Perhaps because we earned gold stars when I was in nursery school, there's little I won't do for a reasonable shot at a shiny medal I can show off. (Assume competitive physical activity is unreasonable.) So imagine my joy at finding some guy's selection of merit badges for roleplaying game-masters. Seems official enough for my needs. The only thing that really bugs me about it is that it's self-awarded, which feels like cheating to me. I guess it's more meant to convey intended style than be an actual reward for achievement. Perhaps I should get my regular players to review my choices for me.
Still, here's what I reckon represents my GMing style:
What's oddest to me is the combination of the pre-scripted, improv and mirror story-creation style badges, but I do genuinely use all three roughly equally. I think it's because they're all subservient, in my mind, to the story-telling badge: It doesn't matter so much where a story element comes from, so long as it fits and makes things more interesting and immersive. If a pre-written adventure or a random player idea is better than my own, I'm not going to be arrogant enough to pretend otherwise. And if there isn't anything better for me to steal, I'm happy to wing it. The end product is all that matters.
The PC death and PvP badges are also intrinsically linked. As the non-combat badge indicates, I don't go out of my way to kill player characters (though it's a valid option to me, should that make the story more interesting; see also the 'run away' badge), but I also don't like forcing them to cooperate, which means they'll occasionally knock each other off. I'd say about half the PC deaths in my games are from PvP. The only time I'll step in and intervene is when I can see that one player is out to get another for out-of-game reasons, which happens surprisingly often. I've played with some vindictive bastards.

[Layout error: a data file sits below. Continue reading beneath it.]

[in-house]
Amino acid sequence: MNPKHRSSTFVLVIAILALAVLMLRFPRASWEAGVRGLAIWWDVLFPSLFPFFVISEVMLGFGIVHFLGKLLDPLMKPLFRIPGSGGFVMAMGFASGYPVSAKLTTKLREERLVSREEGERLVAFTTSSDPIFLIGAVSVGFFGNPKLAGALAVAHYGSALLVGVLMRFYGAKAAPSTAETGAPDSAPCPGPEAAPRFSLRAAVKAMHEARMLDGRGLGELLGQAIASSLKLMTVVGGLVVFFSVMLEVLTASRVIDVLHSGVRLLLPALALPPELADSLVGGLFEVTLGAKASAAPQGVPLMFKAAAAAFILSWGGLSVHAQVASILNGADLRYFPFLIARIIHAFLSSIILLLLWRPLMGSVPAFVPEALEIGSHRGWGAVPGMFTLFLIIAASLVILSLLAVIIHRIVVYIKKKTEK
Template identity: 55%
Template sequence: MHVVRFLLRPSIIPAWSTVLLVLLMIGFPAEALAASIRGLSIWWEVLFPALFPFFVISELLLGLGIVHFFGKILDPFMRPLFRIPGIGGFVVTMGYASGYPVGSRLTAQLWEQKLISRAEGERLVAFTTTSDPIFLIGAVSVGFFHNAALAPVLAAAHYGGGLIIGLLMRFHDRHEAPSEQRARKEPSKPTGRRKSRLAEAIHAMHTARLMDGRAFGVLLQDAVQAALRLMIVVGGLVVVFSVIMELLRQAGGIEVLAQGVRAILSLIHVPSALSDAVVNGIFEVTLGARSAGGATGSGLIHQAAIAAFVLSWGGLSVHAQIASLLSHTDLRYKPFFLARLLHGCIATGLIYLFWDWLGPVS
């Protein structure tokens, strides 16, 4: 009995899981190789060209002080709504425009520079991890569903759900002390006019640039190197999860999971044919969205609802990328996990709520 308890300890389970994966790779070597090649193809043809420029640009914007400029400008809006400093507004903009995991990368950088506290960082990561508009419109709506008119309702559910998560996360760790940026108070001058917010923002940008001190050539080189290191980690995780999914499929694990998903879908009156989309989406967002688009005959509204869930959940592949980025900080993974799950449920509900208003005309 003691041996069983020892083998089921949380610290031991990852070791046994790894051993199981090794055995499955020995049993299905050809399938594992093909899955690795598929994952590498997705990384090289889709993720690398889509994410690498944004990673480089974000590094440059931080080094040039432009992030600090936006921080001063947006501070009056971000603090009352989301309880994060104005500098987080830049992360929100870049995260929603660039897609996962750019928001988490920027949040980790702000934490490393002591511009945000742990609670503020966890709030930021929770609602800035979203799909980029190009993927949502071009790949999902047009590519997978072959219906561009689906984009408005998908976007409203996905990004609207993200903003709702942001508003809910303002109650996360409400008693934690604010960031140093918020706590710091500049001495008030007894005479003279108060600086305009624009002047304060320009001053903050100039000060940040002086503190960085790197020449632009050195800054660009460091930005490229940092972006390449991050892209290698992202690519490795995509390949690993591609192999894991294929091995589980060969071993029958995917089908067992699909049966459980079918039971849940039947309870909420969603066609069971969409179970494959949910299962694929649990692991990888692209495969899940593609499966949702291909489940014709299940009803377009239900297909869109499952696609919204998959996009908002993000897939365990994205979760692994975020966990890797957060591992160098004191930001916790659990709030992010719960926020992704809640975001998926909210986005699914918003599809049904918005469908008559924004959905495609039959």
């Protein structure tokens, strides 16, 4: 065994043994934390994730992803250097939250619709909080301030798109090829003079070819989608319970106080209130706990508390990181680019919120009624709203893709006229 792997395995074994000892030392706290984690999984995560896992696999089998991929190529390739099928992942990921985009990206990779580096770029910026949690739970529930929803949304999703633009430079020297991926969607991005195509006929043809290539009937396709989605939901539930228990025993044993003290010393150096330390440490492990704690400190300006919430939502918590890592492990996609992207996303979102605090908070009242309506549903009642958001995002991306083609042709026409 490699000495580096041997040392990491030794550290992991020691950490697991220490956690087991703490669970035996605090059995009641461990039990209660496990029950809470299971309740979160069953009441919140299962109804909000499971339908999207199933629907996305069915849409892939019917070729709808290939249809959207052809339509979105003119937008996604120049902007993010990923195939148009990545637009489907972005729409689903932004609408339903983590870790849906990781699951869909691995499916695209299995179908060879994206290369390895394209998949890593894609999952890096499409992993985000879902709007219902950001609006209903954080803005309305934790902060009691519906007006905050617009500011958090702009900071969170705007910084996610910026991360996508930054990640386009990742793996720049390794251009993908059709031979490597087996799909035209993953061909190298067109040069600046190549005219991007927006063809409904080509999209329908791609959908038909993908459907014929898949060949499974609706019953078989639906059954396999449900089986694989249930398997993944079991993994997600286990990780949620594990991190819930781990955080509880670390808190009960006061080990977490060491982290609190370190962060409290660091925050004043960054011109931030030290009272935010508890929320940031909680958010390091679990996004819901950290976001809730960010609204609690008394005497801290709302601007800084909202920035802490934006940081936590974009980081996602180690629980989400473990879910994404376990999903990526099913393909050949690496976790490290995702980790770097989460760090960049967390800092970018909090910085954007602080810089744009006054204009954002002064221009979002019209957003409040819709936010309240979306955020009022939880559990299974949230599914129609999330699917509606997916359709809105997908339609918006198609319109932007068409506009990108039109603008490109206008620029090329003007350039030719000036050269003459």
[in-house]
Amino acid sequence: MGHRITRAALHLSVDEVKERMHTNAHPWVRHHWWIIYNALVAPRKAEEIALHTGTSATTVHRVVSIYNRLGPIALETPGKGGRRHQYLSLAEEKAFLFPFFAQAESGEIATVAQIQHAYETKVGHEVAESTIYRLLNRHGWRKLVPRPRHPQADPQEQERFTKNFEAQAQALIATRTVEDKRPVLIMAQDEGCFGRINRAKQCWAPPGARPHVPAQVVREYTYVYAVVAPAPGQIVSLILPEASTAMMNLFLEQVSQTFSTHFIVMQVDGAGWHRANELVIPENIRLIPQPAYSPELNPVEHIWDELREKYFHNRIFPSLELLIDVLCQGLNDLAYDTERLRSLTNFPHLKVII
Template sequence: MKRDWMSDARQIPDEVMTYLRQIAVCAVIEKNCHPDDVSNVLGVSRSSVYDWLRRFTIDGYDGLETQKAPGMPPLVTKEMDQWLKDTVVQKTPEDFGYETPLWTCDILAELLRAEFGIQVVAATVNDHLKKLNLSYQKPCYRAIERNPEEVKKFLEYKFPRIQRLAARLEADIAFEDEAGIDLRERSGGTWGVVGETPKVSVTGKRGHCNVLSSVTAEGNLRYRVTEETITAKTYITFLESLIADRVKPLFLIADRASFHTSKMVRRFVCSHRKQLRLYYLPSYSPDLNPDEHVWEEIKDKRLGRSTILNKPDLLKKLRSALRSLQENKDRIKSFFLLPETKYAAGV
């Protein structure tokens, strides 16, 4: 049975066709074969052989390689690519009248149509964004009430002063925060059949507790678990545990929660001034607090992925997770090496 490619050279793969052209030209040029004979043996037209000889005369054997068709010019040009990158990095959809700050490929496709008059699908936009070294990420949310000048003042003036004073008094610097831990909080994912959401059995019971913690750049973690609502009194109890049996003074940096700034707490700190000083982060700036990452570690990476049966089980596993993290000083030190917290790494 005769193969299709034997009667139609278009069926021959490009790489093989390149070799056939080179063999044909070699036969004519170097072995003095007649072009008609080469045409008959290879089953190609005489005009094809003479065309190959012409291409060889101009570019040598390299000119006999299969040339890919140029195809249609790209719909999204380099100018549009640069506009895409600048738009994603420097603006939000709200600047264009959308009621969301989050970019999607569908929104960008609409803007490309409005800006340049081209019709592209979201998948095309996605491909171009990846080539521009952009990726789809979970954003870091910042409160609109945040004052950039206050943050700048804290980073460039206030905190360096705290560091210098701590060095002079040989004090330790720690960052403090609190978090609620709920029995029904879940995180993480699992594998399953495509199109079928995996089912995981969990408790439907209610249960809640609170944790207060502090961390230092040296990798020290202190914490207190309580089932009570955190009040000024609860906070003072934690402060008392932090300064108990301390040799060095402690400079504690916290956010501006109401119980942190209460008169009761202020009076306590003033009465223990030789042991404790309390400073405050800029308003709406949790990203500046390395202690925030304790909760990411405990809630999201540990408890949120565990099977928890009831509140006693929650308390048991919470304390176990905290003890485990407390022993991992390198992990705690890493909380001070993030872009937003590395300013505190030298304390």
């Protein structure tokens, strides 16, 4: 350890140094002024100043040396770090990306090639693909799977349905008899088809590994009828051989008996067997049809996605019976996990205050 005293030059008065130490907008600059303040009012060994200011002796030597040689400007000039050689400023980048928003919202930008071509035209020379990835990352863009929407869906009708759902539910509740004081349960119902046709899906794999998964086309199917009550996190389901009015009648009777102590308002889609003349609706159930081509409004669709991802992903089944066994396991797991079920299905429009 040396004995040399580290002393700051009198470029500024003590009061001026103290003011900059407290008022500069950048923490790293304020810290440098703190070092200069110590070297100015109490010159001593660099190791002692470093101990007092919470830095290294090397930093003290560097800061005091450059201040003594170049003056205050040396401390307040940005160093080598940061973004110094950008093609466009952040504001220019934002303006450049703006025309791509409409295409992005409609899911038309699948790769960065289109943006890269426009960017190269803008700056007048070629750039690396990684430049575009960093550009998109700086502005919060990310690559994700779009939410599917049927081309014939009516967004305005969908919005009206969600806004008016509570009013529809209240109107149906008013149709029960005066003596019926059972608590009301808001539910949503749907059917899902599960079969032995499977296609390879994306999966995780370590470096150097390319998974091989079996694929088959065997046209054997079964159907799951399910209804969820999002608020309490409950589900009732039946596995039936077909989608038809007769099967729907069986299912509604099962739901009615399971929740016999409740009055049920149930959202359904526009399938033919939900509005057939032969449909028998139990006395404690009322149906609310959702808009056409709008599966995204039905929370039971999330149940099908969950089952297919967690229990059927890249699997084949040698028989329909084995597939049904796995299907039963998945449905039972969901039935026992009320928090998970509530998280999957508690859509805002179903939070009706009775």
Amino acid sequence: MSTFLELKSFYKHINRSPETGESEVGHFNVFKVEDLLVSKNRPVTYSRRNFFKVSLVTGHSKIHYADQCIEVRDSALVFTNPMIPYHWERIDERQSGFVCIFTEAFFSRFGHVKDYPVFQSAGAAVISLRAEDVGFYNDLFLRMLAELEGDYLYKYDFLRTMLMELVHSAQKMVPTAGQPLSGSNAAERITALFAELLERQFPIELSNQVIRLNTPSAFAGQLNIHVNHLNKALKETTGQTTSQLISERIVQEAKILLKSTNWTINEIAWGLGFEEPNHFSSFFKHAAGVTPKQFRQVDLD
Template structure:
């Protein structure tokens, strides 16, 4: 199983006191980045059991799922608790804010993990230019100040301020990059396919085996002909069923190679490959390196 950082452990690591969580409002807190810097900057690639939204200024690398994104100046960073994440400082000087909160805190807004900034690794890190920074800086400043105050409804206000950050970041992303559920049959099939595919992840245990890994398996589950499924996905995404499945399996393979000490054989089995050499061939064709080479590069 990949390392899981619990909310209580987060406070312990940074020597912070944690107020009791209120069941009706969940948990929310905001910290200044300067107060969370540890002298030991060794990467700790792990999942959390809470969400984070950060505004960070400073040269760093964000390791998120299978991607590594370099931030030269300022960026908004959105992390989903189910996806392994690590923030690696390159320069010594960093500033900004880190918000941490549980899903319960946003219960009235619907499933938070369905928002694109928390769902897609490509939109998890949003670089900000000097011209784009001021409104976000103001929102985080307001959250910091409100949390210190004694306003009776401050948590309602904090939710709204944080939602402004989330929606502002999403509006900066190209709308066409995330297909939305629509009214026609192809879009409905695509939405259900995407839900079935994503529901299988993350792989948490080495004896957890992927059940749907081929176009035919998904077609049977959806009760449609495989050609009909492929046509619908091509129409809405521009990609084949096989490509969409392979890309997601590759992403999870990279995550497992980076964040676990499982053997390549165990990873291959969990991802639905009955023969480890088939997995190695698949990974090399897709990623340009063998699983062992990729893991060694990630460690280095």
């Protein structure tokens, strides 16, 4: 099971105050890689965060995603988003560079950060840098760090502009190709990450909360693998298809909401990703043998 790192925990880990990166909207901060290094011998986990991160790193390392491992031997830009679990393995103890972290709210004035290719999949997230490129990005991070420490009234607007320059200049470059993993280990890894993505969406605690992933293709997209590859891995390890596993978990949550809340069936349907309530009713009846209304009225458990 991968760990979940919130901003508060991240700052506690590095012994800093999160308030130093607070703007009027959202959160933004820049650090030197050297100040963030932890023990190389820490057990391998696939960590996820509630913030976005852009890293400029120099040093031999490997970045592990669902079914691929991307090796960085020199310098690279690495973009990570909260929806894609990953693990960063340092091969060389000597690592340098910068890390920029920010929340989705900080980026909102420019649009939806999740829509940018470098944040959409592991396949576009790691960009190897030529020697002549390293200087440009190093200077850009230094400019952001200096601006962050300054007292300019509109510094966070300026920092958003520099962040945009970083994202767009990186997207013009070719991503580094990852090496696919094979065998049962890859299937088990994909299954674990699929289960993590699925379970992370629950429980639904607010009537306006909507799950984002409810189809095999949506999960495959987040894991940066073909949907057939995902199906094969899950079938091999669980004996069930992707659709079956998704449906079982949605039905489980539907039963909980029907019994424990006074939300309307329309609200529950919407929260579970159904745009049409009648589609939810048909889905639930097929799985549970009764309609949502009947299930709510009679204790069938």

This merit badge system is also useful for highlighting what I neglect. I clearly don't worship the formal rules very much. In fact, my choice of game system is most often decided by simplicity and ease of play (WFRP, Call of Cthulhu) or nostalgia (AD&D 2nd Ed.). I also struggle to express a clear mood or style in my games, and neither the serious scary badges nor silly fun badges are within my grasp. Similarly, I'm still not very good at making distinctive, memorable NPCs on purpose. Maybe now that there're medals on the line, I'll work on improving that a bit.
I forgot that there are other roleplaying-related badges I have, albeit ones that mean slightly less. Since I use Obsidian Portal (an excellent service) to record my campaigns, I get their little participant badges. Specifically, I qualify there as an official GM (just for having created my own campaign with them) and if you're reading this on or after 17 April, I should also have the Yearling badge for having stuck around a while. The other medals you can get from them are mostly junk rewards for having thrown cash at them. The only thing they have to offer me from that selection that I'd actually appreciate is the Master's Master badge, awarded to those who've run a 'featured campaign', so it's essentially a real merit award. However, I suspect they only consider paid-up members for that, so it won't be me any time soon. In the mean time, I'm adequately rewarded by the random other GMs who've 'favourited' my Warhammer campaign, especially the guy who sent me written praise.